Did Jesus Christ call us out of spiritual Egypt to kill us or to save us? God tells us plainly that his will is to save everyone of us. It’s not God’s will that any should perish (Ezekiel 33:11; John 3:14-17; 1 Timothy 2:1-4; 2 Peter 3:9).
It was not God’s will that Israel in the flesh should perish, but they looked at the giants in the land God had promised to give them and began to doubt God’s power to fulfill his promise (Numbers 13:25 – 14:4). We can fall into the same trap spiritually if we concentrate too much on the problem and not on the solution. God has not told us to seek him in vain. He is able and ready to save us if we seek him (Isaiah 45:19, 21-22, 24; 2 Chronicles 15:1-4, 7-15).
Of course there are going to be problems. The main problem we must contend with is sin, often our own stubborn sins that we need to overcome. But the Passover and the Feast of Unleavened Bread teach us how God can and will save us if we believe, have faith, and persevere. God has the power and he has the way to save us out of sin.
The Passover signifies the death of Jesus Christ through which we may be released from the bondage of death (Hebrews 2:14-15). The death of the Passover lamb in Egypt meant life for the people of Israel (Exodus 12:5-7, 13).
The death of the Passover lamb also meant freedom for Israel, because on that same night the power of Pharaoh to continue to hold the people of Israel in captivity was destroyed. Similarly, the death of Jesus Christ destroyed the power of sin and Satan, the author of sin, to kill us, subject to our repentance and faith (Mark 1:15; John 5:24; John 16:11; Acts 2:38; Colossians 1:9-14). We are delivered from the bondage of the fear of death. The power of sin to destroy us is abolished through the sacrifice of Jesus Christ, as long as we continue walking after him in faith (Colossians 1:21-23).
Having been delivered from death upon our initial repentance and baptism, we must continue walking with Jesus Christ in faith. The Israelites, though they had been saved from death in Egypt, failed to continue walking with God in faith. That’s all they had to do to receive the inheritance God had in store for them. But they refused to follow him in faith and rebelled instead (Hebrews 3:16-19). So they died in the wilderness. But we don’t have to fail. We can succeed.
Even though we are still flesh, Jesus showed that he has the power to overcome the flesh, and he has been given authority over all flesh, including our flesh, that we may be given eternal life (John 17:2). With the power of Jesus Christ, the weakness of our flesh can be overcome. Without God we can do nothing. With God, we can do anything (John 15:4-5; Philippians 4:13; 2:12-13). An outstanding lesson of the Feast of Unleavened Bread is that as the Father and Jesus Christ live in us through the Holy Spirit we become new creatures, no longer enslaved to our fleshly nature and the law of sin, but with the power to become spiritually minded and subject to the righteousness of God’s commandments (Philippians 2:5-8; Romans 8:1-15).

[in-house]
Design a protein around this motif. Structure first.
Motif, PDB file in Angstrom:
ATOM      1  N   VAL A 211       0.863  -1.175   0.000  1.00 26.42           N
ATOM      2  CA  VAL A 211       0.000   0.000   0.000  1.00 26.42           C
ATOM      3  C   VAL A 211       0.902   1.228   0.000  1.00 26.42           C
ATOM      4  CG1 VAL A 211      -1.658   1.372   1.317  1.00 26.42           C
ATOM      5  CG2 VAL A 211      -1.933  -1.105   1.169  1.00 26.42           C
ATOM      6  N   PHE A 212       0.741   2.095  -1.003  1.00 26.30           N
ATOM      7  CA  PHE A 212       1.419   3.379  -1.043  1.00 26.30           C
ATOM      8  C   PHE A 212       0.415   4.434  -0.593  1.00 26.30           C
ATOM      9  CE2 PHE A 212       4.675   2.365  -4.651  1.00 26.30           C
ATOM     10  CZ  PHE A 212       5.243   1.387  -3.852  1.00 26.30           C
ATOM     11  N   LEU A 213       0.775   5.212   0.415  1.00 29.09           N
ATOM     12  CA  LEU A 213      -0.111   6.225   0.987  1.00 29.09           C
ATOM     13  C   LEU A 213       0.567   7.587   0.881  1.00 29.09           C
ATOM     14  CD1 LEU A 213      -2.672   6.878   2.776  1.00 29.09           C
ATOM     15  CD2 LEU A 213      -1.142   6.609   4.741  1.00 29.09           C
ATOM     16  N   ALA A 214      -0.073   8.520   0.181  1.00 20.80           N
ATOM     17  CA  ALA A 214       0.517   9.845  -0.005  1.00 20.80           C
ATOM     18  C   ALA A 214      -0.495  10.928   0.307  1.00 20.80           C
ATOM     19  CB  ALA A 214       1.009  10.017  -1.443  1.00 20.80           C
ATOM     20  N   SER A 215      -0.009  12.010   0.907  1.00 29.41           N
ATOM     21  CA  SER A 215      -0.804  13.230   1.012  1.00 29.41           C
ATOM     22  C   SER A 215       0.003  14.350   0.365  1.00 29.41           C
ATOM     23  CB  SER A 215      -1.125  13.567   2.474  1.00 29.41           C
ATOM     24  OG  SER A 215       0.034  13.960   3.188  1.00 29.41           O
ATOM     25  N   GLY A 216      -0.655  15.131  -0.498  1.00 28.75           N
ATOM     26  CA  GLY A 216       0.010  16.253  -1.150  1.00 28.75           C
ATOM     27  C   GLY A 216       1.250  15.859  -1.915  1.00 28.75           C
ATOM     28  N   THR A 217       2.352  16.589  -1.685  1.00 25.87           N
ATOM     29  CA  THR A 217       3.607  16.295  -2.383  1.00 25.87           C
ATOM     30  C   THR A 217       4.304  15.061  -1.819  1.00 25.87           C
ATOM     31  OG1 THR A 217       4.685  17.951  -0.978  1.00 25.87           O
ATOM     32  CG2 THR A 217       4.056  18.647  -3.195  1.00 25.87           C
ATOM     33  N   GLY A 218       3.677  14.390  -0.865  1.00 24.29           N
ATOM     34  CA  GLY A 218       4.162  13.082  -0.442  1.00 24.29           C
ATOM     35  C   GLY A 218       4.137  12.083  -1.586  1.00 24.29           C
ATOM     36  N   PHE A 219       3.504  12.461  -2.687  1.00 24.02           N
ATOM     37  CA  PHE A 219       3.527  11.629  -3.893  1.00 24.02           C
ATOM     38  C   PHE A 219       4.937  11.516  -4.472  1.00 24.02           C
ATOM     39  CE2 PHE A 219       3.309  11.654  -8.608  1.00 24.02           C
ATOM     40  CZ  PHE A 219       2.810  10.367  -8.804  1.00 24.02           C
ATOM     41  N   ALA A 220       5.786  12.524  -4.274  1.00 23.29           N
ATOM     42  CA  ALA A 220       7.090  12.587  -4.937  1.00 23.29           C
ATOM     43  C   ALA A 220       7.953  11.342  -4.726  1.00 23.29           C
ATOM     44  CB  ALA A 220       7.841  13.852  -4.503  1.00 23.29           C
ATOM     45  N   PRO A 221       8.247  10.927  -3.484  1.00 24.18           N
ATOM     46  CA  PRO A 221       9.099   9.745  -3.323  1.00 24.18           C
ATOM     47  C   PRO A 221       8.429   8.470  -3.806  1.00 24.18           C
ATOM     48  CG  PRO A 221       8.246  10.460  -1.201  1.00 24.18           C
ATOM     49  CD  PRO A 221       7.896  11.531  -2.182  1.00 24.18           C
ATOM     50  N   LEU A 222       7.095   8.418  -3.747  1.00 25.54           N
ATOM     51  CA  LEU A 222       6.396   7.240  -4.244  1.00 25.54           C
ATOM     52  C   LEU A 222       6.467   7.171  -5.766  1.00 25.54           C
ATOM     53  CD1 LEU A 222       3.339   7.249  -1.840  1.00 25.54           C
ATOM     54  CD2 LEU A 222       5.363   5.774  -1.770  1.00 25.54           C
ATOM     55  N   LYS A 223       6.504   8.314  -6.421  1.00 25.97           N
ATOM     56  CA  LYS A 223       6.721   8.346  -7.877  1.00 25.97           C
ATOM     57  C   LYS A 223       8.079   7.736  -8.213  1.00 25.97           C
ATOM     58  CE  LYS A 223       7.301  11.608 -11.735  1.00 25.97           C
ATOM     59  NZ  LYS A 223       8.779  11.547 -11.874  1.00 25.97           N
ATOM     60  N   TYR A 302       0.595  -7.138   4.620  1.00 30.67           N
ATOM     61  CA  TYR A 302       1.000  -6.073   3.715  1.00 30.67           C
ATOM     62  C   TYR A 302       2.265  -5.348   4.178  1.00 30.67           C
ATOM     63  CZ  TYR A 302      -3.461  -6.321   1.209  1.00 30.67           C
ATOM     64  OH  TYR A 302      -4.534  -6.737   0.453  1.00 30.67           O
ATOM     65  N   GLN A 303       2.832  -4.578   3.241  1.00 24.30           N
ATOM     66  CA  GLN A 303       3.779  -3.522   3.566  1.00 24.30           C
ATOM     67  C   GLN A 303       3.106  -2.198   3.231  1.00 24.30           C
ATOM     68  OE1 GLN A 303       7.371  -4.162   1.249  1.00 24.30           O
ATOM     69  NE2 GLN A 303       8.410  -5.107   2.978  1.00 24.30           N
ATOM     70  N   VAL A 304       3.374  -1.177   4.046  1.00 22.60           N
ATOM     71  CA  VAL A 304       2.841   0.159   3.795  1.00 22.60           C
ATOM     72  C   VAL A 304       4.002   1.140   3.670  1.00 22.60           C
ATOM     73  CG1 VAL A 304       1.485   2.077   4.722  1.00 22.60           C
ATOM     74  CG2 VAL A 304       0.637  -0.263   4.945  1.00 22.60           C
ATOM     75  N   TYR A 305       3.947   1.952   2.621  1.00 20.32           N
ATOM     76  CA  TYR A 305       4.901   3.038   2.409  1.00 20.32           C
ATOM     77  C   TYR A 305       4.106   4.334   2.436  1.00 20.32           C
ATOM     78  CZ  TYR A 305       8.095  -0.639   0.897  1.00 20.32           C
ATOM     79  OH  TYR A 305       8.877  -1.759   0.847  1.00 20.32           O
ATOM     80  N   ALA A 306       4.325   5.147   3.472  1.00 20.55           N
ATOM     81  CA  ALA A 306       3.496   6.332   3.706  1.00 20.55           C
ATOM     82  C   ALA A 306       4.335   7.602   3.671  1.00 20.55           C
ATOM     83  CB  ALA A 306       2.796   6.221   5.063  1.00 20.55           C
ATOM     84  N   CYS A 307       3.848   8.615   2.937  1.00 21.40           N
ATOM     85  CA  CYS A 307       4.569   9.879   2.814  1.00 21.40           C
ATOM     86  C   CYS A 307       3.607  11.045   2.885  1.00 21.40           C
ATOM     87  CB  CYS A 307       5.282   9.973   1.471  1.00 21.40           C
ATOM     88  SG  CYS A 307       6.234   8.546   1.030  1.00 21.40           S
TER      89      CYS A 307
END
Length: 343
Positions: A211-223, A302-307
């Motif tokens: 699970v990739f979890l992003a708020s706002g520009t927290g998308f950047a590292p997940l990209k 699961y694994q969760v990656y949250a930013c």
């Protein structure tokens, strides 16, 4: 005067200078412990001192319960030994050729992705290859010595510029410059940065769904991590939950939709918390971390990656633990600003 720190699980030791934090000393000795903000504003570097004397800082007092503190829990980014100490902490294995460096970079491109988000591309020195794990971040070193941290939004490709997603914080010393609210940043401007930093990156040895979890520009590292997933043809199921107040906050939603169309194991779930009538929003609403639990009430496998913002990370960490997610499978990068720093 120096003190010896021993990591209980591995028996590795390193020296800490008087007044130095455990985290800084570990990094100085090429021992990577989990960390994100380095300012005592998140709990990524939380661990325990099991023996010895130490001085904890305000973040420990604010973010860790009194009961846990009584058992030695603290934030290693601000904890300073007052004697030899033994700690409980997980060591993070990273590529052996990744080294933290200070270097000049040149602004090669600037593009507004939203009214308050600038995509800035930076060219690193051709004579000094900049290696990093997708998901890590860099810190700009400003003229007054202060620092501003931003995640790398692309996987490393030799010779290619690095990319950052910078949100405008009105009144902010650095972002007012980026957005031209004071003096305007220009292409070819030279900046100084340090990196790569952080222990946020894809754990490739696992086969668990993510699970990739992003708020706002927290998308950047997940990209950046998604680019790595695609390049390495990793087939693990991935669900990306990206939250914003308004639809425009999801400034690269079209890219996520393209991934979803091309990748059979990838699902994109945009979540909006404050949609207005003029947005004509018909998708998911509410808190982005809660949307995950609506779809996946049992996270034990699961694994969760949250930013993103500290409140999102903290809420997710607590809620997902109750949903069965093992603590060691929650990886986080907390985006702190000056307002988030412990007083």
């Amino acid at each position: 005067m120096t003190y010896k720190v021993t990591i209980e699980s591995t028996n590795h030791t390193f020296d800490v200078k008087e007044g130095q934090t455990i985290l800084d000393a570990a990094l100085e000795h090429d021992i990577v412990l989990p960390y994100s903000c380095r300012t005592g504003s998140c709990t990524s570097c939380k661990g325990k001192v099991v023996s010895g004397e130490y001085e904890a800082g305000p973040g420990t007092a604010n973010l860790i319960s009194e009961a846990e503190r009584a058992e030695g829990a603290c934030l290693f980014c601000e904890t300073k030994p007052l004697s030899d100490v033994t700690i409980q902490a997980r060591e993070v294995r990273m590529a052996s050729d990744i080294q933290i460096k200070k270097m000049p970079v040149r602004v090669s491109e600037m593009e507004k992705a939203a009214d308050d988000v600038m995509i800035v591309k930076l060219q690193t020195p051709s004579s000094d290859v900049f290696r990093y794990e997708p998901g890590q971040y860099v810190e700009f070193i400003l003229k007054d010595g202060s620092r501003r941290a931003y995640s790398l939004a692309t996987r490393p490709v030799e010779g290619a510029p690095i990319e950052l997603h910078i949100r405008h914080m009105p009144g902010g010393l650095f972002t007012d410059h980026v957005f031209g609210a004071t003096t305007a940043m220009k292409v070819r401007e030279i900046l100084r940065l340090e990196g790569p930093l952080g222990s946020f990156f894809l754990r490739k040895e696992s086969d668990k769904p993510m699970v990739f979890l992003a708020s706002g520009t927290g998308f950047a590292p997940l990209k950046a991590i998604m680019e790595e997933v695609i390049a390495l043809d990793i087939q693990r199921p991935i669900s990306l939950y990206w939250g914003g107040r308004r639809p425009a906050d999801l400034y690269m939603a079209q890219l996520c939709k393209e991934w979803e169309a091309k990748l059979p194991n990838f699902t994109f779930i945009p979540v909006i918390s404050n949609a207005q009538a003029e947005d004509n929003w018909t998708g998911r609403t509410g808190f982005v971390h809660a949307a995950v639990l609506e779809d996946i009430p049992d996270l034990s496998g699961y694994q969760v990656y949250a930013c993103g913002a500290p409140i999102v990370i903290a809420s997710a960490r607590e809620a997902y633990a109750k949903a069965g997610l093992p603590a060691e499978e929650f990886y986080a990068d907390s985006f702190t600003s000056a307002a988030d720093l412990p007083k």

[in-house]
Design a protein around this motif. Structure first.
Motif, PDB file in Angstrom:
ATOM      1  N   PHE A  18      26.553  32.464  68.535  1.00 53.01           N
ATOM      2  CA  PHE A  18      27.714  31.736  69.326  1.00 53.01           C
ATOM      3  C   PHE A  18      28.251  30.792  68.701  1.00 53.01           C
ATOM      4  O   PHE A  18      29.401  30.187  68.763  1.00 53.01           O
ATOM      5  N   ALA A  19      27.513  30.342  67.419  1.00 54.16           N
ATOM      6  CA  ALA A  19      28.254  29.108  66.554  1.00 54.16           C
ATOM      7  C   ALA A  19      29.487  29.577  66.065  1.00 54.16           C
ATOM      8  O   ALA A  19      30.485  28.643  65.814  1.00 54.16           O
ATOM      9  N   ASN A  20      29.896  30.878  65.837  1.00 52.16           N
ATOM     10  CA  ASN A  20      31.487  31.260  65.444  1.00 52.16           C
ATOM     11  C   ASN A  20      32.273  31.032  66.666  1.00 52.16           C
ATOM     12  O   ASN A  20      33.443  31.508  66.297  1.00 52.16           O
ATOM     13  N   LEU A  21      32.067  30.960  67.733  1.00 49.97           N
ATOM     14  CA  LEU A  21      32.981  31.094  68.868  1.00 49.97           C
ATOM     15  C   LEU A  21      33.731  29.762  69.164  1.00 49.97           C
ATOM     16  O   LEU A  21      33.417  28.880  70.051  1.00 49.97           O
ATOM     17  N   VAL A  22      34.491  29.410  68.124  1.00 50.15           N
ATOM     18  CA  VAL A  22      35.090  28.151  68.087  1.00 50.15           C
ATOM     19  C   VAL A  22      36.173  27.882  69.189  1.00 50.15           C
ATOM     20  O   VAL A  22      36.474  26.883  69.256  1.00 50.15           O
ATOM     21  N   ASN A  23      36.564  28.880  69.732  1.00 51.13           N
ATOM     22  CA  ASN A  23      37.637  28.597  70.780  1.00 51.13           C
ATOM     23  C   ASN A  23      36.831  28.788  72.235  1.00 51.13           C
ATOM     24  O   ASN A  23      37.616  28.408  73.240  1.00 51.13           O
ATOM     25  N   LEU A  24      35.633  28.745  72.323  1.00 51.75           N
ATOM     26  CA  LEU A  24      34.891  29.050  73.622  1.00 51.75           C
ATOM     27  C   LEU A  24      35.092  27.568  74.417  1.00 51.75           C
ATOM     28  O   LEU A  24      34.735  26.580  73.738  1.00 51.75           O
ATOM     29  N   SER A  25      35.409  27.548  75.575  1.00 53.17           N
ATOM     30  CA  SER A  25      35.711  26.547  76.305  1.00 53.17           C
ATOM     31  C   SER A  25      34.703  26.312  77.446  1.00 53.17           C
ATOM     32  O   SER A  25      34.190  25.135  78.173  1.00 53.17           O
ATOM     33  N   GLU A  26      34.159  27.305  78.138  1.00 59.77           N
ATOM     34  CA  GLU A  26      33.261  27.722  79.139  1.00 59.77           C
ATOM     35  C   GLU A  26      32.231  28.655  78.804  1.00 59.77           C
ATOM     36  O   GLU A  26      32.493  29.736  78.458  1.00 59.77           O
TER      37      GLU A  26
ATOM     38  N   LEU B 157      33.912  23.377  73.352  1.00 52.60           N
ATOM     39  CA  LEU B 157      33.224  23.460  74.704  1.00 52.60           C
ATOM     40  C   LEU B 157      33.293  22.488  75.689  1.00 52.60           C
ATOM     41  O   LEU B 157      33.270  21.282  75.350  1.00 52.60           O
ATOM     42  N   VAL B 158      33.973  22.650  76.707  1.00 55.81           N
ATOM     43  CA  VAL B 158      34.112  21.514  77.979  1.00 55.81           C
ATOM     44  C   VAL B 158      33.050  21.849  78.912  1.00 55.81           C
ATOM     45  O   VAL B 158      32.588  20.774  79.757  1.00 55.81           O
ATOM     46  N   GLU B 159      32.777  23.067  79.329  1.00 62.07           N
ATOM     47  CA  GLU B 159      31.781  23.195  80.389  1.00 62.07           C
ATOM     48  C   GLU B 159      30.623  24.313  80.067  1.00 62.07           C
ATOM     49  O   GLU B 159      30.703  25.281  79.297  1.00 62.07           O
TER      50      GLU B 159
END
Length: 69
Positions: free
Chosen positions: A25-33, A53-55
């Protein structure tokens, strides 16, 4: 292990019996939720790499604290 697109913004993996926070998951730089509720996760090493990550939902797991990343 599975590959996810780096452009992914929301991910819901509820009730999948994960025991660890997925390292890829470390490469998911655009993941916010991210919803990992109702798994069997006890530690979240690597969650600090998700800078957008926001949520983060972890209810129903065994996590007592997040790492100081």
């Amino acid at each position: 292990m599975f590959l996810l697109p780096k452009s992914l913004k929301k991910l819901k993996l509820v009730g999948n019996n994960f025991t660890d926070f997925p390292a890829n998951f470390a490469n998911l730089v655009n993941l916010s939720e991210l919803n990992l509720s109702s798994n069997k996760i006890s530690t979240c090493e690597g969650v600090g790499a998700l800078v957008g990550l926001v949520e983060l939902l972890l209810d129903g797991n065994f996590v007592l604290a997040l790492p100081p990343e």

To set our minds on the things of the Spirit (Romans 8:5), requires an act of will and effort on our part. Studying the Scriptures daily and meditating on them will help you set your mind on the things of the Spirit (Deuteronomy 17:18-20; Psalm 1:2; Acts 17:11). The word of God is likened to food that we eat to sustain our lives (Luke 4:4). Most of us eat physical food every day, unless we’re fasting or in some unusual circumstance. How much more important it is to partake of the spiritual food of God’s word through daily Bible study.
Daily prayer also helps us focus our minds on the things of the Spirit. Jesus said, “Watch and pray, lest you enter into temptation” (Matthew 26:41). David said, “Evening and morning and at noon I will pray, and cry aloud, And He shall hear my voice” (Psalm 55:17). Daniel customarily prayed three times a day (Daniel 6:10).
Fasting, also, done for the proper motives, can help us be spiritually minded (Isaiah 58:3-12; James 4:6-10). These are important tools we ought to be using to enable us to set our minds on the things of the Spirit, and, with God’s help, overcome the fleshly nature.
Knowing that Jesus Christ has the will and the power to save us, we must never give up the fight to overcome. We must never allow mistakes, failures, weaknesses, or discouragement to overwhelm us. If God chastens you, accept it and learn from it. But never give in, keep fighting, keep moving forward and eventually you will, with the help of Jesus Christ, prevail (Hebrews 12:1-13).
Israel had a Savior with the power to deliver them from the dominion of Egypt and Pharaoh. We also have the same God and Savior – Jesus Christ – who has the power to deliver us from bondage to sin and death. Let’s remember this, and rejoice in the salvation of Jesus Christ – our Savior, King and High Priest.
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Copyright © 2018 by Rod Reynolds
Messenger Church of God
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Wentzville, MO 63385